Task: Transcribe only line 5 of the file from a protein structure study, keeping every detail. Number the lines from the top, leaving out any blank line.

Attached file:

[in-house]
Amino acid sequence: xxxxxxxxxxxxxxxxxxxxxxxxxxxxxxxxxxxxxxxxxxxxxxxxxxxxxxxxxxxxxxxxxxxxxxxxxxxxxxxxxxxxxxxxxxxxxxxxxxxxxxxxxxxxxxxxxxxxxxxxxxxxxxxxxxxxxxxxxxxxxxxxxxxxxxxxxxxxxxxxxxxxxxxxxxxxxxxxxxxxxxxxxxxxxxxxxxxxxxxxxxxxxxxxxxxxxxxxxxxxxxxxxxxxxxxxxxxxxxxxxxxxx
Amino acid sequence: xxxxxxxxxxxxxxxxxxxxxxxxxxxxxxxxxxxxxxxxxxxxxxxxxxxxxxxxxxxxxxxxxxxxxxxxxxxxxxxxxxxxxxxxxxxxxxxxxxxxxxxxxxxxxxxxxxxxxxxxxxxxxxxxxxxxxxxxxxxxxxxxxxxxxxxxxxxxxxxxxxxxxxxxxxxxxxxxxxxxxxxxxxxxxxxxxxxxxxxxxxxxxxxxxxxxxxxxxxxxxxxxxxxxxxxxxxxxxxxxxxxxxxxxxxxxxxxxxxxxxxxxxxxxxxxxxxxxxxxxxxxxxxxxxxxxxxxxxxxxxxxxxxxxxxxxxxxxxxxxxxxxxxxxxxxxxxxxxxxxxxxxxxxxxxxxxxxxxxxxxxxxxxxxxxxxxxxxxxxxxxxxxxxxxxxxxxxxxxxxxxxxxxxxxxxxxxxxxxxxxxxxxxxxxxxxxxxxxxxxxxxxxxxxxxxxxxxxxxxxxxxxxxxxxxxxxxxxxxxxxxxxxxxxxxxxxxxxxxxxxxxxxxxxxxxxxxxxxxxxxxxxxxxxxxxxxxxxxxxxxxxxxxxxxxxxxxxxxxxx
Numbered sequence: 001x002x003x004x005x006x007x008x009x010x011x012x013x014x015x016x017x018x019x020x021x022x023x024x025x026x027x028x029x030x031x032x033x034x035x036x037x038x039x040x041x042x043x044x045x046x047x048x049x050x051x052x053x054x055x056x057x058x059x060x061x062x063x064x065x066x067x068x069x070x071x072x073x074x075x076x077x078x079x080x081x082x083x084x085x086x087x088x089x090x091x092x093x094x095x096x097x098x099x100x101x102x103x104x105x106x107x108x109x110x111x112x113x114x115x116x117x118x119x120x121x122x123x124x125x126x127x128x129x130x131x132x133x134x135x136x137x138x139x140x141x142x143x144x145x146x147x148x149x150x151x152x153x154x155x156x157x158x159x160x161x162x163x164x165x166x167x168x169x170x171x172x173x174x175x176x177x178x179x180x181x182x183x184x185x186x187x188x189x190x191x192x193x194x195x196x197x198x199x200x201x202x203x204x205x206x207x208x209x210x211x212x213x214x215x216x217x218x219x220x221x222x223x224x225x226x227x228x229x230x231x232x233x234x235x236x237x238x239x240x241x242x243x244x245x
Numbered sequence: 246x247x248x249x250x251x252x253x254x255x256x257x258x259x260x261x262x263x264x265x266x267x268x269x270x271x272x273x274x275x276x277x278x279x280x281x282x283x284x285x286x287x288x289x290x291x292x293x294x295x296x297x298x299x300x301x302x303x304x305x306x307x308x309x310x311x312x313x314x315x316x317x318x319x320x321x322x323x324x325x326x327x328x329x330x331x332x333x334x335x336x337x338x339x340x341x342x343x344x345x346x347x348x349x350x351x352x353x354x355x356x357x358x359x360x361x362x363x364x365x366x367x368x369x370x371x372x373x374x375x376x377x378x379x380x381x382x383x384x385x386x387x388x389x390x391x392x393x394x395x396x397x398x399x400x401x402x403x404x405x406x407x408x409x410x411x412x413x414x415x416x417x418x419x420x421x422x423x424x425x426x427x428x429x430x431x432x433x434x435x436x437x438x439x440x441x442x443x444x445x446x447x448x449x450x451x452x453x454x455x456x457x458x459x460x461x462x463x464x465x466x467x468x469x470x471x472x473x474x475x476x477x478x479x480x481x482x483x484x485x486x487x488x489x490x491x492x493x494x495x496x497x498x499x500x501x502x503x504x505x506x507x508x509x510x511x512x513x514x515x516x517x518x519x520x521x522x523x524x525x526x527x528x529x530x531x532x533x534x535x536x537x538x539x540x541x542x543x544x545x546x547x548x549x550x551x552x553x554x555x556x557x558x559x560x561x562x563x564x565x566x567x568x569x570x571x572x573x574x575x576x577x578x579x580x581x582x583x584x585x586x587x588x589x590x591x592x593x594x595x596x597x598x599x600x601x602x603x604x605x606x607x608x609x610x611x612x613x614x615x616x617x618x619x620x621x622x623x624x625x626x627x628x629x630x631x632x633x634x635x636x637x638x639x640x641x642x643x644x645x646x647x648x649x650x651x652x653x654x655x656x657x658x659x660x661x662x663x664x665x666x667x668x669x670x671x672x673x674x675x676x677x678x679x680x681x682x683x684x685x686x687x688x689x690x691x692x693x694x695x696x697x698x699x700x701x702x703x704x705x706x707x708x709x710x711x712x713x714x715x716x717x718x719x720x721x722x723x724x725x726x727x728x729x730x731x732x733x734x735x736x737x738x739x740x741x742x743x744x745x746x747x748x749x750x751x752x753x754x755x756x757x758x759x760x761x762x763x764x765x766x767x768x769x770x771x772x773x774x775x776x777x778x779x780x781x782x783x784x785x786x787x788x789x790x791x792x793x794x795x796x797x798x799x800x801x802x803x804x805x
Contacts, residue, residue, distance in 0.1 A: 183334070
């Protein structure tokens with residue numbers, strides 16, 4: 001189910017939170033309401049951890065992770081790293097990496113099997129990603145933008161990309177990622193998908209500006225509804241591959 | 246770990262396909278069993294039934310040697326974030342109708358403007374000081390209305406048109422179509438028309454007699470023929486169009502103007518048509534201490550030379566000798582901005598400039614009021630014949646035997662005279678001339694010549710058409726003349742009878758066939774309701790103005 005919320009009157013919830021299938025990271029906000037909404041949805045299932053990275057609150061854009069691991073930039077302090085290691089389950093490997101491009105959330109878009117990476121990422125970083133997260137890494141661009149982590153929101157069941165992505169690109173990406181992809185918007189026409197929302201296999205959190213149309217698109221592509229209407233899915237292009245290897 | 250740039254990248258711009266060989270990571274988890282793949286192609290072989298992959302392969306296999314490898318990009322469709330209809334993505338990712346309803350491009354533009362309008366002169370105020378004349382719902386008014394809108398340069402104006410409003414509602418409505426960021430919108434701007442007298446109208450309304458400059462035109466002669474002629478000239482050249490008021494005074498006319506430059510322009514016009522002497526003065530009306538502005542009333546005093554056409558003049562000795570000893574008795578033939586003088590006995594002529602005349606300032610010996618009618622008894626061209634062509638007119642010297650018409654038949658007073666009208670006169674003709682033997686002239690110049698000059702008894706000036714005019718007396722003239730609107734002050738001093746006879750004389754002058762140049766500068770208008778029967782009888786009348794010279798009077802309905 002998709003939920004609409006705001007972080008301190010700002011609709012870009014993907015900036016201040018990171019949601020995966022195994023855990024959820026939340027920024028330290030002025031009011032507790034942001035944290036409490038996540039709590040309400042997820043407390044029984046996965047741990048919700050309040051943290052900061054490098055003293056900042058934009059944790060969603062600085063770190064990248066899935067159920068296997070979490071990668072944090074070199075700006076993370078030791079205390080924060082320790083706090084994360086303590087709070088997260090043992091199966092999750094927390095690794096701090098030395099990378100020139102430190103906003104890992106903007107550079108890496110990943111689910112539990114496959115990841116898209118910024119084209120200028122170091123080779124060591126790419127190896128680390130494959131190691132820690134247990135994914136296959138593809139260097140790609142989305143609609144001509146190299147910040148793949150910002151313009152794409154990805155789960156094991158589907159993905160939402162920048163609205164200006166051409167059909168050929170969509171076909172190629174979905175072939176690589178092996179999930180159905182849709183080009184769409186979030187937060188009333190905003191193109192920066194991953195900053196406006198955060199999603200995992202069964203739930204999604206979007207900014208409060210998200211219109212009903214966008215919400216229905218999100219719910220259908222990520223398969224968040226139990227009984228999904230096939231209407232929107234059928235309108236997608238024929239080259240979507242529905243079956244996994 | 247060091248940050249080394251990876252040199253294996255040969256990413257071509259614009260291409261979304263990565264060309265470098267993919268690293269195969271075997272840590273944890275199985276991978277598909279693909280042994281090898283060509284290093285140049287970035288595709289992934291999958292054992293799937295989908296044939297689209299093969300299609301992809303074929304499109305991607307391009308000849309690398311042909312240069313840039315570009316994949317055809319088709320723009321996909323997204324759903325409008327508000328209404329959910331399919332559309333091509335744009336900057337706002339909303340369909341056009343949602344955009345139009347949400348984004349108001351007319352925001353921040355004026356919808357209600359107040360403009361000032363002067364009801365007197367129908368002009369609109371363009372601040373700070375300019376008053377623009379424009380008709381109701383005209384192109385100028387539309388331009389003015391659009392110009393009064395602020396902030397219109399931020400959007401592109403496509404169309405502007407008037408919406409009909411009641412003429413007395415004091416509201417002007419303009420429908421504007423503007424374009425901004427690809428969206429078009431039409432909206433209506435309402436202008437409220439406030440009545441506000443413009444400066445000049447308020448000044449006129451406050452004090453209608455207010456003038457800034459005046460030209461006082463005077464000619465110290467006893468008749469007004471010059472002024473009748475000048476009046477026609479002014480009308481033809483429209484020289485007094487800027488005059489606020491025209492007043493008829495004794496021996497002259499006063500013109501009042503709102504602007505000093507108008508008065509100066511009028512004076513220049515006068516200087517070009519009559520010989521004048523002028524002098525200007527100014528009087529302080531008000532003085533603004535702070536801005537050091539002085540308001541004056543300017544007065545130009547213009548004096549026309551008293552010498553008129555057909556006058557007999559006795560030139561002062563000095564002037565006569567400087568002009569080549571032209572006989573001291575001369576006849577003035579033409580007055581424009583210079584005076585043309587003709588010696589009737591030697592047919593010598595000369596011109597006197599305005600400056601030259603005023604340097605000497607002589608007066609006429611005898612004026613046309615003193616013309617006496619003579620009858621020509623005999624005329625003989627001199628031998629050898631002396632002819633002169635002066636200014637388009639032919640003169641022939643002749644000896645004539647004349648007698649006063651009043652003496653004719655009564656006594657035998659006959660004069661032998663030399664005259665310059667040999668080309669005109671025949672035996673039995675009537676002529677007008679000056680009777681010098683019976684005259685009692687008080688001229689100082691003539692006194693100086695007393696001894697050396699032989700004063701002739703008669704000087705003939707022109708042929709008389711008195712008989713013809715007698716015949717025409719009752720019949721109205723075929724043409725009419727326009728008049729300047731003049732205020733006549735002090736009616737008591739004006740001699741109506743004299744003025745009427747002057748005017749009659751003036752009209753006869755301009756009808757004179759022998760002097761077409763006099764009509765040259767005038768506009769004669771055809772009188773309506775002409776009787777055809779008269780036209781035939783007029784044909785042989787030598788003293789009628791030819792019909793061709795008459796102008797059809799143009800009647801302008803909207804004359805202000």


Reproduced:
Numbered sequence: 246x247x248x249x250x251x252x253x254x255x256x257x258x259x260x261x262x263x264x265x266x267x268x269x270x271x272x273x274x275x276x277x278x279x280x281x282x283x284x285x286x287x288x289x290x291x292x293x294x295x296x297x298x299x300x301x302x303x304x305x306x307x308x309x310x311x312x313x314x315x316x317x318x319x320x321x322x323x324x325x326x327x328x329x330x331x332x333x334x335x336x337x338x339x340x341x342x343x344x345x346x347x348x349x350x351x352x353x354x355x356x357x358x359x360x361x362x363x364x365x366x367x368x369x370x371x372x373x374x375x376x377x378x379x380x381x382x383x384x385x386x387x388x389x390x391x392x393x394x395x396x397x398x399x400x401x402x403x404x405x406x407x408x409x410x411x412x413x414x415x416x417x418x419x420x421x422x423x424x425x426x427x428x429x430x431x432x433x434x435x436x437x438x439x440x441x442x443x444x445x446x447x448x449x450x451x452x453x454x455x456x457x458x459x460x461x462x463x464x465x466x467x468x469x470x471x472x473x474x475x476x477x478x479x480x481x482x483x484x485x486x487x488x489x490x491x492x493x494x495x496x497x498x499x500x501x502x503x504x505x506x507x508x509x510x511x512x513x514x515x516x517x518x519x520x521x522x523x524x525x526x527x528x529x530x531x532x533x534x535x536x537x538x539x540x541x542x543x544x545x546x547x548x549x550x551x552x553x554x555x556x557x558x559x560x561x562x563x564x565x566x567x568x569x570x571x572x573x574x575x576x577x578x579x580x581x582x583x584x585x586x587x588x589x590x591x592x593x594x595x596x597x598x599x600x601x602x603x604x605x606x607x608x609x610x611x612x613x614x615x616x617x618x619x620x621x622x623x624x625x626x627x628x629x630x631x632x633x634x635x636x637x638x639x640x641x642x643x644x645x646x647x648x649x650x651x652x653x654x655x656x657x658x659x660x661x662x663x664x665x666x667x668x669x670x671x672x673x674x675x676x677x678x679x680x681x682x683x684x685x686x687x688x689x690x691x692x693x694x695x696x697x698x699x700x701x702x703x704x705x706x707x708x709x710x711x712x713x714x715x716x717x718x719x720x721x722x723x724x725x726x727x728x729x730x731x732x733x734x735x736x737x738x739x740x741x742x743x744x745x746x747x748x749x750x751x752x753x754x755x756x757x758x759x760x761x762x763x764x765x766x767x768x769x770x771x772x773x774x775x776x777x778x779x780x781x782x783x784x785x786x787x788x789x790x791x792x793x794x795x796x797x798x799x800x801x802x803x804x805x